The Malta Independent 18 June 2019, Tuesday

The loss of independence

Timothy Alden Sunday, 23 September 2018, 09:28 Last update: about 10 months ago

The approval of the ITS project seemed inevitable, yet the Maltese population was still shocked and horrified. Daring to hope, there were moments when it seemed as if the case could swing in favour of common sense and decency.

Instead, money and greed won the day. There is nothing subtle about how the sacrifice of the school must have been part of a pre-electoral agreement to help the Labour Party into power. This is another face of clientelism, where public resources are traded away in order to benefit a political party rather than the country.


With the project approved, we must take note that the government is willing to sacrifice entire communities and our way of life to maintain its hold over power. What independence do we have if money talks and people walk? What freedom do we have when lobbies can buy both major parties?

The Labour Party of old, standing up for the workers, is gone.

 I must here also criticise the Nationalist Party, for although they voted against the project, it should be clear to all that they are still in the pockets of the db Group. If their vote in the Planning Authority could have stopped the project, then Adrian Delia would not have opposed it. His last minute u-turn does not demonstrate principle.

Similarly, we must not forget that the Villa Rosa development this year was supported by the Nationalist Party once it came to the vote, and this development has already doomed St George’s Bay. It is the Villa Rosa development that will see both the historic Moynihan House and Dolphin House destroyed, and the valley floor built up.

Nonetheless, I admire the fact that the Hon. Marthese Portelli was ready to oppose the ITS project no matter what. The Hon. Simon Busuttil also opposed the project and caused a rift with the db Group, when it would have been most convenient for him to have remained silent on it.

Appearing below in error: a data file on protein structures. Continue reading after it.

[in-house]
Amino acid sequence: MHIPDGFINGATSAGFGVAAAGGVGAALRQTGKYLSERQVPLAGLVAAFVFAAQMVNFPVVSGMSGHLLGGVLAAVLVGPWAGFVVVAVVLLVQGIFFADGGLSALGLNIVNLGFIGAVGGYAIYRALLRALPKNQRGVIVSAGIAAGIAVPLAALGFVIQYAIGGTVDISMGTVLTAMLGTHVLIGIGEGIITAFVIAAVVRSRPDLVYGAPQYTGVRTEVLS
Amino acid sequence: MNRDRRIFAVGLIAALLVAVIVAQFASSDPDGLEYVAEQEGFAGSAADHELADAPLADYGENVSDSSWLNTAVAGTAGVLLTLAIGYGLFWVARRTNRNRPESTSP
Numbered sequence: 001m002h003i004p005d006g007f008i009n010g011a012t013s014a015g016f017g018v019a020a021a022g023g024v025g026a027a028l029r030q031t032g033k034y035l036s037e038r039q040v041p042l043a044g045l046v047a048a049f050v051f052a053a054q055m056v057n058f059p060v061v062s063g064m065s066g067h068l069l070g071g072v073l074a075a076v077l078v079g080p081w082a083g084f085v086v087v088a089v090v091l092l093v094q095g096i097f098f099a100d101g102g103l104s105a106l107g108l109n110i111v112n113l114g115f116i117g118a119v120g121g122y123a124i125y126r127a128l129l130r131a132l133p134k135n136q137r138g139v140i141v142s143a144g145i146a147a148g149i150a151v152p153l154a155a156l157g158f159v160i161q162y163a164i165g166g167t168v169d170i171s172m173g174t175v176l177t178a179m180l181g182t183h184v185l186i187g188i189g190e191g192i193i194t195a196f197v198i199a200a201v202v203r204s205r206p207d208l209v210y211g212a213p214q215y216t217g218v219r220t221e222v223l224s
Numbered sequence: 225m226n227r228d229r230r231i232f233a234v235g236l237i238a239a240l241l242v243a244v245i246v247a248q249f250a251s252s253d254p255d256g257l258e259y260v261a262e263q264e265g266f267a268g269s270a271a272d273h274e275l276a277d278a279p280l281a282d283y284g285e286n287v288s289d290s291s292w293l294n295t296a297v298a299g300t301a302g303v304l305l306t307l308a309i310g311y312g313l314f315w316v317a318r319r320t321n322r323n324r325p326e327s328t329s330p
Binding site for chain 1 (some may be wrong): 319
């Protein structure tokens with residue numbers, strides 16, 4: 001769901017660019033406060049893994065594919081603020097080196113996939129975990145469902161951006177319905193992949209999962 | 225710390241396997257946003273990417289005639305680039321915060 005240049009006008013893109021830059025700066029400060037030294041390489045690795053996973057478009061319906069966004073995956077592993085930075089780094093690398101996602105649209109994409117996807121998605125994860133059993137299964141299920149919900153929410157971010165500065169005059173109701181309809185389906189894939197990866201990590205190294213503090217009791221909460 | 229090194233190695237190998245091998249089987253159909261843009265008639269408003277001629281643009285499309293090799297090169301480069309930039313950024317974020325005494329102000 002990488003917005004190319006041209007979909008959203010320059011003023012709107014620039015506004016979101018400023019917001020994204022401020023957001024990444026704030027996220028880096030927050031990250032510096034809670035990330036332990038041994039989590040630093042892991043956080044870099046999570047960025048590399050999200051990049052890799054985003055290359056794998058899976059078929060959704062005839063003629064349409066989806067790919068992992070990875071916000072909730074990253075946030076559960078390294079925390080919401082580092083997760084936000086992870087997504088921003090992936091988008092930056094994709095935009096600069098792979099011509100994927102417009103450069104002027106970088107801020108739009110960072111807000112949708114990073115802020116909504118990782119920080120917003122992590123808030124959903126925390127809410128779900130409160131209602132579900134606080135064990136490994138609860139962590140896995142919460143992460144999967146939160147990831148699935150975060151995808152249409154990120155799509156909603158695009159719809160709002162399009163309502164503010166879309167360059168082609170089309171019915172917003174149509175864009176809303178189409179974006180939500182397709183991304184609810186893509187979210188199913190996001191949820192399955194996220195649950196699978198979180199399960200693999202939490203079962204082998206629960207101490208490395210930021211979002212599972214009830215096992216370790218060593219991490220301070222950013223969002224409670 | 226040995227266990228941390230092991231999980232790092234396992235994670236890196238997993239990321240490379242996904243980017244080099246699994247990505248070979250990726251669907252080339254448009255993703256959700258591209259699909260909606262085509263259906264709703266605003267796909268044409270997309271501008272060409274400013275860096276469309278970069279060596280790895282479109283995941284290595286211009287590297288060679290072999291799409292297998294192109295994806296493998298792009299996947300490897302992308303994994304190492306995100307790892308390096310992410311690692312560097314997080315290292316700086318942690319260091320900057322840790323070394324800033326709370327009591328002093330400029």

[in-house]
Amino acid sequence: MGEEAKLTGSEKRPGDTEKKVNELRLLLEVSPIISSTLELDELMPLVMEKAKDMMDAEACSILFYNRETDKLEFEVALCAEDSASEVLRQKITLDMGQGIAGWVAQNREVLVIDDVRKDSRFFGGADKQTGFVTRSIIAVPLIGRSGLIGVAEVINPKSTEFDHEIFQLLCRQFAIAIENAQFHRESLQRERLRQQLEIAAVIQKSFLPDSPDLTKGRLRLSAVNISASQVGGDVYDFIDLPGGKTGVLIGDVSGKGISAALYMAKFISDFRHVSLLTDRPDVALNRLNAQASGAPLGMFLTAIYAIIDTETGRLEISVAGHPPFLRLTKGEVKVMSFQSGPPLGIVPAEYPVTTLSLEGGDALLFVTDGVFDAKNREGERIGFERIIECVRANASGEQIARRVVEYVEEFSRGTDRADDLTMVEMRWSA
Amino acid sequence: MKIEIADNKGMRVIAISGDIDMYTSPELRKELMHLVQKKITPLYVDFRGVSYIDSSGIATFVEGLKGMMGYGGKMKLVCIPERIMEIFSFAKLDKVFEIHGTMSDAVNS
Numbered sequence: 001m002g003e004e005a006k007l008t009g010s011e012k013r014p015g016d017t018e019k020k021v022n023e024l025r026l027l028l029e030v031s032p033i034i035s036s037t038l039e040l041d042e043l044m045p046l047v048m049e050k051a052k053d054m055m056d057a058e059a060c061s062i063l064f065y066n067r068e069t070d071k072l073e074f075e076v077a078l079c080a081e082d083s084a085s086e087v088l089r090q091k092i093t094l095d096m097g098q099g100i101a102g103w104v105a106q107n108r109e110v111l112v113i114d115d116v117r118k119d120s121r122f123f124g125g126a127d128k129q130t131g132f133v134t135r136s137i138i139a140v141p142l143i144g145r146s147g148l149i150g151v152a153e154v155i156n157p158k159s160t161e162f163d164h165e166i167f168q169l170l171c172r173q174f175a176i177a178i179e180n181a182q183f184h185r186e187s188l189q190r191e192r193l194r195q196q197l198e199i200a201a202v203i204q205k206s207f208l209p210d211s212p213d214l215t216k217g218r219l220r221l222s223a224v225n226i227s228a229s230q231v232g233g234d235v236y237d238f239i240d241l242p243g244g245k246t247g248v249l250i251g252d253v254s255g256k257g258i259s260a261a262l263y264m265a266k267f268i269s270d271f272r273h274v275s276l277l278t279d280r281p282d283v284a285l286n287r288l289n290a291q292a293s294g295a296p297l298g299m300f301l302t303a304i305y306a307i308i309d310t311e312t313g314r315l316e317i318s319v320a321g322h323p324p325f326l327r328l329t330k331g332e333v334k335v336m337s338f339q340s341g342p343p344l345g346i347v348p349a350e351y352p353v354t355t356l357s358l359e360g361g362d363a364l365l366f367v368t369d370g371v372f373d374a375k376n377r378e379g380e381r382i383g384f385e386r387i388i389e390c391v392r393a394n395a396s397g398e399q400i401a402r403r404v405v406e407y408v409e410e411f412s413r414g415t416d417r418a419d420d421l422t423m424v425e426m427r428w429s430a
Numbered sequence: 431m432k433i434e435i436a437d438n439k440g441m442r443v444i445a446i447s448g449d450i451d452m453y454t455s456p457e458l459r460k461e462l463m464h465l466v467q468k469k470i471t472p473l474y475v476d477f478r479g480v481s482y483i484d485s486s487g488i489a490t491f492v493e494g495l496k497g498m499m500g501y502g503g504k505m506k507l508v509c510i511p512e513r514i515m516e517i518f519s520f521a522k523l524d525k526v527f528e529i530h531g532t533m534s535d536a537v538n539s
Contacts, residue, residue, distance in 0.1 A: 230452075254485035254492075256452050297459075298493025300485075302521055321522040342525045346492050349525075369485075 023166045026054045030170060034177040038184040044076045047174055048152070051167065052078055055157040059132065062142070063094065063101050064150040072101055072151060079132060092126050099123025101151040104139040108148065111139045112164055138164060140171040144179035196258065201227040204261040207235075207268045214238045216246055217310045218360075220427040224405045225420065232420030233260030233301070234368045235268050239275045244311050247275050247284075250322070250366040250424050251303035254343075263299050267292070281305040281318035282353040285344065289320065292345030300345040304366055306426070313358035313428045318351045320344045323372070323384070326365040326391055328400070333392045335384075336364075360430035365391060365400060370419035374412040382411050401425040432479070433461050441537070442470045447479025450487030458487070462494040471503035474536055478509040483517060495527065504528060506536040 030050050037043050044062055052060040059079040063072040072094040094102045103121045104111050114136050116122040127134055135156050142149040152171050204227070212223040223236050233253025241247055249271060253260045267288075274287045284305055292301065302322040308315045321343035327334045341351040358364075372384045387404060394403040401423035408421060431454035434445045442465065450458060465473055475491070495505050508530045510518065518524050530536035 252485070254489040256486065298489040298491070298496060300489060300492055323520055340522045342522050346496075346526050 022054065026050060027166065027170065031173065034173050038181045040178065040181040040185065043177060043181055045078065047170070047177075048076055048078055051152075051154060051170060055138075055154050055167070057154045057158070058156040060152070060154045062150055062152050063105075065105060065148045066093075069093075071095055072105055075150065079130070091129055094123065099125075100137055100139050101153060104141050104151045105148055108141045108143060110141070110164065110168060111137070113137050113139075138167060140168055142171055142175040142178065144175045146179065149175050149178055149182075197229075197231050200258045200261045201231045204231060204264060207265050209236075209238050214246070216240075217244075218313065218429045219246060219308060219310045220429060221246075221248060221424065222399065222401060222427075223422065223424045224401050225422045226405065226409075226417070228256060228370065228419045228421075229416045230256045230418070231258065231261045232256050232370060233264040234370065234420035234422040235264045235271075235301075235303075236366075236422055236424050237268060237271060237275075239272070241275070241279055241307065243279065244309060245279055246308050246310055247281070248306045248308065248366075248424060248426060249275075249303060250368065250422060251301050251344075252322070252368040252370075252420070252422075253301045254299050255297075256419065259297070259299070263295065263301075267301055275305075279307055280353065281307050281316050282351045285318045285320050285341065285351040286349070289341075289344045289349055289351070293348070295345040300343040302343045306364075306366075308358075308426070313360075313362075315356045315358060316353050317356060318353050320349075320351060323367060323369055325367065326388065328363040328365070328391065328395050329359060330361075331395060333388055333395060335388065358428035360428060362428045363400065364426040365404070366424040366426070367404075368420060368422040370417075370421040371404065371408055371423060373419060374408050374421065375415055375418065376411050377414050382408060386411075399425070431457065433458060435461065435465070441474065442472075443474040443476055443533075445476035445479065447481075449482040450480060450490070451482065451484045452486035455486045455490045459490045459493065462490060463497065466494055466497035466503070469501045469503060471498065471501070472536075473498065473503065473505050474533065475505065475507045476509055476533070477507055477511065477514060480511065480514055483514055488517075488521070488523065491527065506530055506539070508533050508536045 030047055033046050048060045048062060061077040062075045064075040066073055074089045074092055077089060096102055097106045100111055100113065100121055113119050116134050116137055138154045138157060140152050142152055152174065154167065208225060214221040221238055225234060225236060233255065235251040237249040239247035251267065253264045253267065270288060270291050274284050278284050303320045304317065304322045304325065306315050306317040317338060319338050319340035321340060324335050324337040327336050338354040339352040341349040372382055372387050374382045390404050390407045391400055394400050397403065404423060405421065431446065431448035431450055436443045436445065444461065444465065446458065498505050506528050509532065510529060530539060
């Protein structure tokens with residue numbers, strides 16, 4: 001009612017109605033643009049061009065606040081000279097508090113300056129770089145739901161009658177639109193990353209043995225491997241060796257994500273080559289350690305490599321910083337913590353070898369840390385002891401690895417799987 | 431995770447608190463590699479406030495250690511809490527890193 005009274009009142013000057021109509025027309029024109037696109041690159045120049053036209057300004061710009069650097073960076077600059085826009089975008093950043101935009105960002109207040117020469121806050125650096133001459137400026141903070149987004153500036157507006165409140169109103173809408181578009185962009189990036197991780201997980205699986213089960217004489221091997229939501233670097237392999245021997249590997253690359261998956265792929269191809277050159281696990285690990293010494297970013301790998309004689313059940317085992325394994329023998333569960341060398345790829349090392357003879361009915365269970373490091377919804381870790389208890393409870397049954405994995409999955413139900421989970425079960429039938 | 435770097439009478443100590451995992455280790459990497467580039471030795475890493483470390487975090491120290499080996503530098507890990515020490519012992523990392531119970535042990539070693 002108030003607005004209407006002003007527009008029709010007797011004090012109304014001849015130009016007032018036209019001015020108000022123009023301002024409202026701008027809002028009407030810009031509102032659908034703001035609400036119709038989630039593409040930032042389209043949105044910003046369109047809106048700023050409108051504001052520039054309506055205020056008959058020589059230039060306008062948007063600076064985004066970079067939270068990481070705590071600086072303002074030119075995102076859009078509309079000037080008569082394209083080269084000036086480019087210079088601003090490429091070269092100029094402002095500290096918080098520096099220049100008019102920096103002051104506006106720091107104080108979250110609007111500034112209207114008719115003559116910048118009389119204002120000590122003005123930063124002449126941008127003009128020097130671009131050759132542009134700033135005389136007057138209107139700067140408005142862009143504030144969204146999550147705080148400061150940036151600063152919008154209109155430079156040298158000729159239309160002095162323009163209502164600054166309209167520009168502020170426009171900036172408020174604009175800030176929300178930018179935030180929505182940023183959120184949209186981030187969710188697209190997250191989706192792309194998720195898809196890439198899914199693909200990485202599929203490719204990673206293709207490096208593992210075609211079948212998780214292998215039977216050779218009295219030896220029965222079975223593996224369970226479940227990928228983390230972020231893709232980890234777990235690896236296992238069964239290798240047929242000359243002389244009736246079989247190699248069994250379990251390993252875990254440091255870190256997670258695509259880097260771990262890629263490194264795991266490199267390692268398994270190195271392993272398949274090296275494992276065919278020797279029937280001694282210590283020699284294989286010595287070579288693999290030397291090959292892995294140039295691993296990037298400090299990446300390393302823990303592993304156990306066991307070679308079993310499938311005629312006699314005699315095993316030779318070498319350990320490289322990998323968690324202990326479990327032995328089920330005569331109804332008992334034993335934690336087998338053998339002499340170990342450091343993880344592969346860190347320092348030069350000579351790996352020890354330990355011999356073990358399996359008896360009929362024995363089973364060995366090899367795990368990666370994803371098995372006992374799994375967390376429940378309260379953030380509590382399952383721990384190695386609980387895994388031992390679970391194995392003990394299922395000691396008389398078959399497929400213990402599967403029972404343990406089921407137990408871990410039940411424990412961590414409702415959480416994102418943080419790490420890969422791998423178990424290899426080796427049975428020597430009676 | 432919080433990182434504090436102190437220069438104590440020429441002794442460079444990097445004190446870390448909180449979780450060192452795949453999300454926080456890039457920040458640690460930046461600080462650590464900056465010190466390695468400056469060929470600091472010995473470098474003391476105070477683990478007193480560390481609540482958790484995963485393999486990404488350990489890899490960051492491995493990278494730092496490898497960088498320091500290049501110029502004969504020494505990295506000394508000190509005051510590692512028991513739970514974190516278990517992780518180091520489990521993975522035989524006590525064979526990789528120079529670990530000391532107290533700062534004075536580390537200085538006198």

In this saga, the local councils deserve the most credit, especially the Mayor of Pembroke, Dean Hili. He has been one of the only representatives of the Labour Party to speak up against the ITS project, and one presumes he must have come under a lot of pressure not to do so. He stuck to his principles no matter what, representing the residents against the monster project.

Where does all this leave us now? It should now be clearer than ever that citizens with a conscience are not doing enough to stop the greed devouring our country. It is easy to become discouraged, but instead I will let the swell of public anger empower me. We are not alone. The NGOs managed to win against ‘Townsquare’ in Sliema. Let us savour every victory and remember that this is a democracy, albeit a flawed one with weak institutions, as the Planning Authority never fails to demonstrate. Right now, it is the duty of every citizen to join in supporting environmental politicians or an NGO.

The fight will be long, hard and exhausting. But it is a fight for survival, not for ourselves but for our families, friends and neighbours, our environment and its animals. It is for our country. The ability of citizens to influence the direction of their country is being lost because developers have bought both major parties. We need to fight to get our country back, to prevent the loss of our independence.



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